Dictionary is one of the key data structures in the Swift standard library. It allows for key-value pairs to be stored efficiently, and exposes a subscript-based API:

var scores = [String: Int]()
scores["slashmo"] = 42
print(scores["slashmo"] ?? "No score for slashmo")

The problem

Unfortunately, not all uses of Dictionary are as straight-forward as this. Sometimes, it’s necessary to store different types of values in the same Dictionary. In a first attempt to solving this we may be tempted to make our Dictionary a [String: Any]:

var storage = [String: Any]()
storage["a"] = 42
storage["b"] = "Hello, World!"
storage["c"] = MyStruct(value: "test")

This, however, has the drawback that now every time we want to retrieve a value from storage we have to deal with two Optionals.

if let value = storage["a"] {
  if let intValue = value as? Int {
  } else {
    // How is this even possible?
} else {
  // No value stored
  1. Does a value for the given key exist?
  2. Is the retrieved value of type x?

At a first glance this seems reasonable. We asked for a more dynamic storage to put different kinds of things into, so we have to deal with that dynamism.

The solution (Types to the rescue)

Given our use-case meets the following requirements, there's a much nicer way of going about this problem:

  1. We know each key at compile time
  2. We can clearly define which type of value belongs to a key

With these requirements out of the way, let's start thinking about how we can leverage Swift's type system to build a safer API around this.

Typed Keys

Because we can make the assumption that every key is known upfront, we can define keys using types. In Swift, each defined type can be uniquely identified via its ObjectIdentifier.

let key = ObjectIdentifier(MyType.self)

Associating Key -> Value

Additionaly to using the key type as a unique identifier, we can take advantage of another powerful Swift feature: associatedtype

It's what allows us to associate a type (A) with a type (B) that implements a protocol. Let’s see how this would look like with our storage key:

protocol StorageKey {
  associatedtype Value

enum MyKey: StorageKey {
  typealias Value = String

In this case, I’m using an empty enum for MyKey as we’re only interested in its static type information and don’t want to be able to instantiate a value. This concept is also known as phantom types, meaning, it’s a type that can never have an actual instance (it has no cases!)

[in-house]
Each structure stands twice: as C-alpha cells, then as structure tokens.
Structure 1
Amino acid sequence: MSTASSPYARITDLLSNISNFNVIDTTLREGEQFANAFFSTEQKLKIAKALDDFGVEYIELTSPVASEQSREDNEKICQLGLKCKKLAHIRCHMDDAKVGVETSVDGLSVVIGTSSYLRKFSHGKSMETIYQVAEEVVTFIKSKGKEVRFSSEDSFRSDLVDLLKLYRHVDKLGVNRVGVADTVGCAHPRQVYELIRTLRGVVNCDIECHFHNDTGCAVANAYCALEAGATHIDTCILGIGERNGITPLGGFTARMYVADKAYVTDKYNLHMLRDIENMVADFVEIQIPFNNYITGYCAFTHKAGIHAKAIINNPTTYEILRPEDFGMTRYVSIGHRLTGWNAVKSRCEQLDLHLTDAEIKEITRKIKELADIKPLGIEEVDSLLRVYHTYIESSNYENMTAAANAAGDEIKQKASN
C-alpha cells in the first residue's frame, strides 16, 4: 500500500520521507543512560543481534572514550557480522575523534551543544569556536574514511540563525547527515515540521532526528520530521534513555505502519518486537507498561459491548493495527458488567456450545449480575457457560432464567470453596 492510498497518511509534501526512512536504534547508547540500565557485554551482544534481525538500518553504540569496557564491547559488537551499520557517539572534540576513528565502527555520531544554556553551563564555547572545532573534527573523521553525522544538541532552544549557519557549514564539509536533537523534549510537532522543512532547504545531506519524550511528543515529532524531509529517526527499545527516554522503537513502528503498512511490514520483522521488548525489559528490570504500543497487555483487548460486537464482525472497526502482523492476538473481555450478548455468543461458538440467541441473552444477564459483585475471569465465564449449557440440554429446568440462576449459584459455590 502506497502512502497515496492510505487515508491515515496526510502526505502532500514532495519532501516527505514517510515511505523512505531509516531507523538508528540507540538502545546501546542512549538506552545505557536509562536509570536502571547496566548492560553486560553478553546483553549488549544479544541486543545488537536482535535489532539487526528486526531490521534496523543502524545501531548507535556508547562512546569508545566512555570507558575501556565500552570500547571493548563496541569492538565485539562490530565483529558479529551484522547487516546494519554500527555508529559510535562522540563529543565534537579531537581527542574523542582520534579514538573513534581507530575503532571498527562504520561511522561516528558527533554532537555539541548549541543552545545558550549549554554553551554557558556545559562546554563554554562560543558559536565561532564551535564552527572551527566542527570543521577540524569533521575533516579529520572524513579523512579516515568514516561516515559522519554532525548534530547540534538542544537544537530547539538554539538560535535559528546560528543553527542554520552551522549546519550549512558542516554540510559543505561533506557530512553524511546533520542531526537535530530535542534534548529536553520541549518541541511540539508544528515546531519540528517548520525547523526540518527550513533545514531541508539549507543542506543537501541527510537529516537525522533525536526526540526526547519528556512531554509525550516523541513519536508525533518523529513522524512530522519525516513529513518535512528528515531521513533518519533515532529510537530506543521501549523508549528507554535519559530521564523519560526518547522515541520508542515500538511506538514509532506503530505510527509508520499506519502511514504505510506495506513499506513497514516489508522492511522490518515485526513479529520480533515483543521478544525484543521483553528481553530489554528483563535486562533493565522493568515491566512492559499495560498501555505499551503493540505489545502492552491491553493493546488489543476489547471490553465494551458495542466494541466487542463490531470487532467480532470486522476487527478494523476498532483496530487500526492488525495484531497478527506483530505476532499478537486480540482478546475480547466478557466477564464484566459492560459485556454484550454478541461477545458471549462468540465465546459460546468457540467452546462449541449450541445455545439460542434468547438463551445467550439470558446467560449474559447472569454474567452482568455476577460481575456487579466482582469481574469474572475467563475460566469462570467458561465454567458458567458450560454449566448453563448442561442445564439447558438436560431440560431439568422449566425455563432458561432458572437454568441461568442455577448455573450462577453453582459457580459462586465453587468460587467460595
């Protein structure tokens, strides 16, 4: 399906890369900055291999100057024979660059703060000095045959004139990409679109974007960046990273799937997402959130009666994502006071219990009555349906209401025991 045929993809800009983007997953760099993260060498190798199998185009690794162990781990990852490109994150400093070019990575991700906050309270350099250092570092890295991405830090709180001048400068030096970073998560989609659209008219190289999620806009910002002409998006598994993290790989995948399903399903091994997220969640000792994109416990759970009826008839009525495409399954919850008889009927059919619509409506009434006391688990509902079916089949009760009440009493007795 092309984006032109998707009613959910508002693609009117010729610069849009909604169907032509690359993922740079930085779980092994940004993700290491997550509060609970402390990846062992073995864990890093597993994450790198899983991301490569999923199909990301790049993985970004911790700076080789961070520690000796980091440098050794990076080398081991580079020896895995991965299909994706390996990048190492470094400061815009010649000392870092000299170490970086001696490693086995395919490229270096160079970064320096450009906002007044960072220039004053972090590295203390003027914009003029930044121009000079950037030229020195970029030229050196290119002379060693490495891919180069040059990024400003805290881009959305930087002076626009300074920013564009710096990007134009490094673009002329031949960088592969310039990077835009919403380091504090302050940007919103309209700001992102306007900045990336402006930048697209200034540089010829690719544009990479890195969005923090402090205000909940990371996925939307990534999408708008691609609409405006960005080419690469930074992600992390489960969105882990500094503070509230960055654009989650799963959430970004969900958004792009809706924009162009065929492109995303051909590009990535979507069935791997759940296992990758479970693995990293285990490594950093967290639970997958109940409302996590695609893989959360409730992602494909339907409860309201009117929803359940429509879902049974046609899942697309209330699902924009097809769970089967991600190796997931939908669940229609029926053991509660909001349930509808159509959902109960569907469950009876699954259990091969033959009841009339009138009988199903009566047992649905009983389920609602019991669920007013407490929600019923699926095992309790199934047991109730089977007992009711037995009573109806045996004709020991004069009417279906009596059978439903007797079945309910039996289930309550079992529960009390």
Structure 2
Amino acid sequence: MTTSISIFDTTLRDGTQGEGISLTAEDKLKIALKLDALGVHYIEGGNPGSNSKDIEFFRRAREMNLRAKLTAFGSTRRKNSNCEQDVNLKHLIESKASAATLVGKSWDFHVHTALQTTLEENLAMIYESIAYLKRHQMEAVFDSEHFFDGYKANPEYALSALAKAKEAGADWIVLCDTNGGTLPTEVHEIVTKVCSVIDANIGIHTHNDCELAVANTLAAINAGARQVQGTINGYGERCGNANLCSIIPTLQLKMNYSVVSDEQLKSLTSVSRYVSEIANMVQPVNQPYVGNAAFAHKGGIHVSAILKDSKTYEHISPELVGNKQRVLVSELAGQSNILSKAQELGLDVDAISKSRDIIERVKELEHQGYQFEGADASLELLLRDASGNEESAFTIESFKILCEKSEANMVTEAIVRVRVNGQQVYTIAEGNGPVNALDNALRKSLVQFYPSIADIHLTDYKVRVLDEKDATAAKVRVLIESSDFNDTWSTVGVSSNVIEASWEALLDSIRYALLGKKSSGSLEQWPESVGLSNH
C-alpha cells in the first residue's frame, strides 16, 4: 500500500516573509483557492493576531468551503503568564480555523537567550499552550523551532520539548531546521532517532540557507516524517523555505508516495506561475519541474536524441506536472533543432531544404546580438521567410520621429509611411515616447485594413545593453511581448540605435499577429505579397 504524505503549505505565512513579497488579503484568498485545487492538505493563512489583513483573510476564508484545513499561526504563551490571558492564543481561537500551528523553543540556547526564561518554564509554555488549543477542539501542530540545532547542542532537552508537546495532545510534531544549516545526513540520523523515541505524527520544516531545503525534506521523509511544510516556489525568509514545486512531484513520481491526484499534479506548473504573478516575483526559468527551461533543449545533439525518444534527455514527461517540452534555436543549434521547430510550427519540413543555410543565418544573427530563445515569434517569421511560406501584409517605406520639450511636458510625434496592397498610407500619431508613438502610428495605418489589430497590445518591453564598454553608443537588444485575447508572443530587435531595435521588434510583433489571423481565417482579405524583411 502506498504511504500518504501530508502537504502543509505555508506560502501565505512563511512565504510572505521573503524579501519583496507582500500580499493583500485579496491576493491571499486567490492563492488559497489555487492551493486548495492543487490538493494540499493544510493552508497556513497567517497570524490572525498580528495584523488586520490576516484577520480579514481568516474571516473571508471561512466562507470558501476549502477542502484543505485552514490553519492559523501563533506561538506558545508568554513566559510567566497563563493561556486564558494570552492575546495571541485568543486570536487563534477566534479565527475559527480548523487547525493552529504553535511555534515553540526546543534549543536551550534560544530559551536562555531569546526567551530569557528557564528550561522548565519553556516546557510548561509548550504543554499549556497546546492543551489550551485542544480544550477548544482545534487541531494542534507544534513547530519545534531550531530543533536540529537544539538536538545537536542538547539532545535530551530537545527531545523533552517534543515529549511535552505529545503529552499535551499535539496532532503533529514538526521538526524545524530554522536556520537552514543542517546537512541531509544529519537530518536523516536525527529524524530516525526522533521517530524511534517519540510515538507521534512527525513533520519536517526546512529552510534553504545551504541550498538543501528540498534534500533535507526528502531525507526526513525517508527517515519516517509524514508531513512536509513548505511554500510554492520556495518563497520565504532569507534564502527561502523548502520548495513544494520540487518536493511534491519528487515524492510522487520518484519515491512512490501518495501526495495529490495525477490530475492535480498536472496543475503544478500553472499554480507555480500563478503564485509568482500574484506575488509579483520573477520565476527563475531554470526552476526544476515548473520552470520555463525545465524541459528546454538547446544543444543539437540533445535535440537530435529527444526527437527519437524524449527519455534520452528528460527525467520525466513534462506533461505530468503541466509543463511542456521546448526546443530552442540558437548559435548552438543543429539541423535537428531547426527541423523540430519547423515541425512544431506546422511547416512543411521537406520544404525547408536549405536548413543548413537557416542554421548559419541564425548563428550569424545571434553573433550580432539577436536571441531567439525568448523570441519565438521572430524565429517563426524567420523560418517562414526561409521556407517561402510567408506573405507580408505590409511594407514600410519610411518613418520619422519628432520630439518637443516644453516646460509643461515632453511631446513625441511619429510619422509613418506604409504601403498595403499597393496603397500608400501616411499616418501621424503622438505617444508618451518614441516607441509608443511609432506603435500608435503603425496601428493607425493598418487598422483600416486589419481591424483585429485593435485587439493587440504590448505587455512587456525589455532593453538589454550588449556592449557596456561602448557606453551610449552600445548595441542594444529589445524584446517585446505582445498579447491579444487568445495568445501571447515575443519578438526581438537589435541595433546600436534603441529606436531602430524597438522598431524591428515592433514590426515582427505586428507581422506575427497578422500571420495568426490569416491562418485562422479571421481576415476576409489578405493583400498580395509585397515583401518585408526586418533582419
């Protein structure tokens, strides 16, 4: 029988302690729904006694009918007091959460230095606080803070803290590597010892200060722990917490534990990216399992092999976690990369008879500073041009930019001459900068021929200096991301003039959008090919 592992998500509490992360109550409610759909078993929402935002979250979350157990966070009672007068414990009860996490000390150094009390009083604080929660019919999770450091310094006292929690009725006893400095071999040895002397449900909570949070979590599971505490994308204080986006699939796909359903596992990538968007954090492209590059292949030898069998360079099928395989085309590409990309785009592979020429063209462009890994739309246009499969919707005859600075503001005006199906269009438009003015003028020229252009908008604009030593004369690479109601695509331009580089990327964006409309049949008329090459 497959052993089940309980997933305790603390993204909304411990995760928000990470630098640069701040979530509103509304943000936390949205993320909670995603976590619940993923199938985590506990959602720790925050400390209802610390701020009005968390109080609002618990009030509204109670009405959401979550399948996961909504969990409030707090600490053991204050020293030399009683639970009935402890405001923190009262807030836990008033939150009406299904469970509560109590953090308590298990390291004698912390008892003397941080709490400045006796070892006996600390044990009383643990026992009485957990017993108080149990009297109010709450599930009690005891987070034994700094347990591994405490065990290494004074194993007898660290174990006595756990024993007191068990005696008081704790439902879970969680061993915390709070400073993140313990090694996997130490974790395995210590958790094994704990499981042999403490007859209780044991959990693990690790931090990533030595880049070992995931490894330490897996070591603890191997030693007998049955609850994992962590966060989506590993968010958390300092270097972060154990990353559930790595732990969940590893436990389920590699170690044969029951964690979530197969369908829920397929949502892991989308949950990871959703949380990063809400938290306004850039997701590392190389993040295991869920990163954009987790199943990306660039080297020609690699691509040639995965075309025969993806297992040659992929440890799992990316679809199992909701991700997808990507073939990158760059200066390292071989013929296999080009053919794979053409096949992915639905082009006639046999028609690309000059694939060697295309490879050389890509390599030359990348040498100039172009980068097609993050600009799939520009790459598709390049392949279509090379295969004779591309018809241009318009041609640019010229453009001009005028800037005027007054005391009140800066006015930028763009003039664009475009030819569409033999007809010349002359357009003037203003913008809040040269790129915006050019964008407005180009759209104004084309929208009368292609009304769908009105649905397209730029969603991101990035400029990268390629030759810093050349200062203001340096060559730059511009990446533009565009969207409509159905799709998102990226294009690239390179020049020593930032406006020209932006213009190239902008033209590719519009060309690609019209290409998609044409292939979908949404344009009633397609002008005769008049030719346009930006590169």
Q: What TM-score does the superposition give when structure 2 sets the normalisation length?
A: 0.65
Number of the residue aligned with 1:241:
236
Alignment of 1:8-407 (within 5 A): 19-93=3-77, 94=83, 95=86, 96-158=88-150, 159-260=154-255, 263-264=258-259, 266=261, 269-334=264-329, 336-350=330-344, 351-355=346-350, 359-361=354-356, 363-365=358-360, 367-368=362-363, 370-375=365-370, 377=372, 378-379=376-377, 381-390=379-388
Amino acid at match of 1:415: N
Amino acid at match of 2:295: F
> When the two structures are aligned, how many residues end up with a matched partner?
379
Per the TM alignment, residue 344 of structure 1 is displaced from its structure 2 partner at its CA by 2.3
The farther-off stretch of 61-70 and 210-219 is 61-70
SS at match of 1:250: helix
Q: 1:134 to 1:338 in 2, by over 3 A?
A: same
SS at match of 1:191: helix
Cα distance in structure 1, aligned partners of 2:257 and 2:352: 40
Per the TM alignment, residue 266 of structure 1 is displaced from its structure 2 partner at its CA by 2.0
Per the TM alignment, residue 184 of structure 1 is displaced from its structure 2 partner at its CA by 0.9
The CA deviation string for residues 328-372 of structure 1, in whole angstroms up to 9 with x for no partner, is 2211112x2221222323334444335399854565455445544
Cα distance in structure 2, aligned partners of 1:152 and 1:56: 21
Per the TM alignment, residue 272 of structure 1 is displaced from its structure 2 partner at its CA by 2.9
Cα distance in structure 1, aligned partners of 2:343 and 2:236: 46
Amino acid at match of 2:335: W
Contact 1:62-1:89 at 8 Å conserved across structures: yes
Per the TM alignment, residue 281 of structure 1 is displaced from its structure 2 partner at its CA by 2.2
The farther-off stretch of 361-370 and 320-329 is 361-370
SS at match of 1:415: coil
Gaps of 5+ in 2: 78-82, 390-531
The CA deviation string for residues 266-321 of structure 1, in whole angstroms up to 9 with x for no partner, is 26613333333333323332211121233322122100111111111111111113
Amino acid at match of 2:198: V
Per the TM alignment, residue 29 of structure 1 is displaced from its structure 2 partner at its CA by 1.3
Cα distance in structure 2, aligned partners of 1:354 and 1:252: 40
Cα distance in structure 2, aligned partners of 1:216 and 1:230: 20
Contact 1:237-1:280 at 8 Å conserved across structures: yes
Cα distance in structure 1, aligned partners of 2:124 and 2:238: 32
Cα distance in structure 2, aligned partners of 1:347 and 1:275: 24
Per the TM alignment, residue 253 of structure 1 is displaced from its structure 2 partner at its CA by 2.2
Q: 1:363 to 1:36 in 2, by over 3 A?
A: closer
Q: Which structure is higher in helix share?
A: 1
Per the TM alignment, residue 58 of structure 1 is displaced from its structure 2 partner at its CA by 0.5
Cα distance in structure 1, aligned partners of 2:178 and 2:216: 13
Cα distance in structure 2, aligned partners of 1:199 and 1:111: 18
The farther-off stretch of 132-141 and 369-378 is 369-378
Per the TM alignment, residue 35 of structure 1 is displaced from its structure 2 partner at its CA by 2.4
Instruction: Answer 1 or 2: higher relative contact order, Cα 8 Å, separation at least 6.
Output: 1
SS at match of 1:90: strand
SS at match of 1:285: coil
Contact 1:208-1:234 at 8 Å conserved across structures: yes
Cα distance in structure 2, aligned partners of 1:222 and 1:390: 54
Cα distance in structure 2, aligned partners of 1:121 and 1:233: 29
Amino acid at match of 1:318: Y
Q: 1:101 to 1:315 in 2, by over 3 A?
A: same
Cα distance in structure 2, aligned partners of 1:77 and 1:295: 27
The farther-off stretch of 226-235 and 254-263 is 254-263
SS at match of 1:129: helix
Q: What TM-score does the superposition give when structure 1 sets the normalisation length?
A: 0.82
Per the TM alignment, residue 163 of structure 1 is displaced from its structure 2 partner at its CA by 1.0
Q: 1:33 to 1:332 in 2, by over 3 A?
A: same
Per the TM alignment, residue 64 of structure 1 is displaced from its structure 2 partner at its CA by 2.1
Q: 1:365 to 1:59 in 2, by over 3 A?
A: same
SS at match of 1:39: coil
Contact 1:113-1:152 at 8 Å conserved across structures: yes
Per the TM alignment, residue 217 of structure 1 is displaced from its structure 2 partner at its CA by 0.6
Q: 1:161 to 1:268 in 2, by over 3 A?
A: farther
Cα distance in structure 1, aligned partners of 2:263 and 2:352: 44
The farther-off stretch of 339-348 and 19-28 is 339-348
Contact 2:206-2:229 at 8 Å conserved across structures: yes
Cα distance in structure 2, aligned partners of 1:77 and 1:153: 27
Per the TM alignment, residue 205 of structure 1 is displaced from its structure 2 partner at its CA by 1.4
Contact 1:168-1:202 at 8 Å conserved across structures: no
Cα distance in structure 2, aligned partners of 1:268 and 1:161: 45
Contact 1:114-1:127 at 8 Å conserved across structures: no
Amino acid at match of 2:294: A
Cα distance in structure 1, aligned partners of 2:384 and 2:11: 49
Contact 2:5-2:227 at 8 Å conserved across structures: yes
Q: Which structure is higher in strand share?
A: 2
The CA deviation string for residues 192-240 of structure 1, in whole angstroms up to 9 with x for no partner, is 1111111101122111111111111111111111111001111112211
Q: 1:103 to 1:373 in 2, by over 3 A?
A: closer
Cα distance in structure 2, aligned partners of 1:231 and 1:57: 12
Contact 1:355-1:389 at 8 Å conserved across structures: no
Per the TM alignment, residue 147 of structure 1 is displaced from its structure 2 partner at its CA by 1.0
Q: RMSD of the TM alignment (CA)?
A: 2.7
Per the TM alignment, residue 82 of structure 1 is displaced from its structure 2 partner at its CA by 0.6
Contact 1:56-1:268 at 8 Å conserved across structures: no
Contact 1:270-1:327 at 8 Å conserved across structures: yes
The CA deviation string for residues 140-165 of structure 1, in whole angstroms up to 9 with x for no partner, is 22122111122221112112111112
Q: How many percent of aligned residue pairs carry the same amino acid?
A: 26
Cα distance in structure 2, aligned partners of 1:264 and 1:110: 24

Let’s take a closer look at the Dictionary API. Values are set and retrieved through a subscript. This subscript takes an instance of the defined Key and its setter takes an instance of the defined Value type. This, however, does not fit our requirements. To understand why, let’s try and create a Dictionary keyed by our StorageKey protocol:

var storage = [ObjectIdentifier: Any]()
storage[ObjectIdentifier(MyKey.self)] = 0

As you can see, we had to still use the Any type as the Dictionary's value type because it does not allow for associating the key with its value type. That way we still have to deal with the two Optionals and cast manually. Also, we can insert whatever type we want as a value for a given key, no matter what its associatedtype defines. MyKey for example defines String as its Value type, but the compiler is still happy with us storing an Int in the dictionary.

Wrapping things up with a custom Storage type

In order for it to work with our StorageKey protocol, we need to change the subscript signature:

subscript<Key: StorageKey>(_ keyType: Key.Type) -> Key.Value?

By making it generic over a StorageKey we are able to use its static type information as the return type of the subscript.

A subscript will also use this return type as the type of its setter.

As we cannot replace the subscript in a Dictionary, let’s create our own wrapper around it:

struct Storage {
  private var _storage = [ObjectIdentifier: Any]()

  subscript<Key: StorageKey>(_ keyType: Key.Type) -> Key.Value? {
    get {
      guard let value = self._storage[ObjectIdentifier(keyType)] else { return nil }
      return value as! Key.Value
    } set {
      self._storage[ObjectIdentifier(keyType)] = newValue

The result

Let’s take the Storage type for a spin:

enum FirstKey: StorageKey {
  typealias Value = String

enum SecondKey: StorageKey {
  struct Value {
    let id: UUID
    let username: String

var storage = Storage()
storage[FirstKey.self] = "a"
// storage[FirstKey.self] = 42 (Does not compile as we don't use `FirstKey.Value` as the type in the setter)

print(storage[FirstKey.self] ?? "default")
// print(storage[FirstKey.self] ?? 42) (Does not compile as 42 is not a String)

storage[SecondKey.self] = SecondKey.Value(id: UUID(), username: "slashmo")
print(storage[SecondKey.self]?.username ?? "No value stored")


Thanks to @ktosopl for introducing me to this pattern. You can see it in my BaggageContext code and in Vapor's codebase.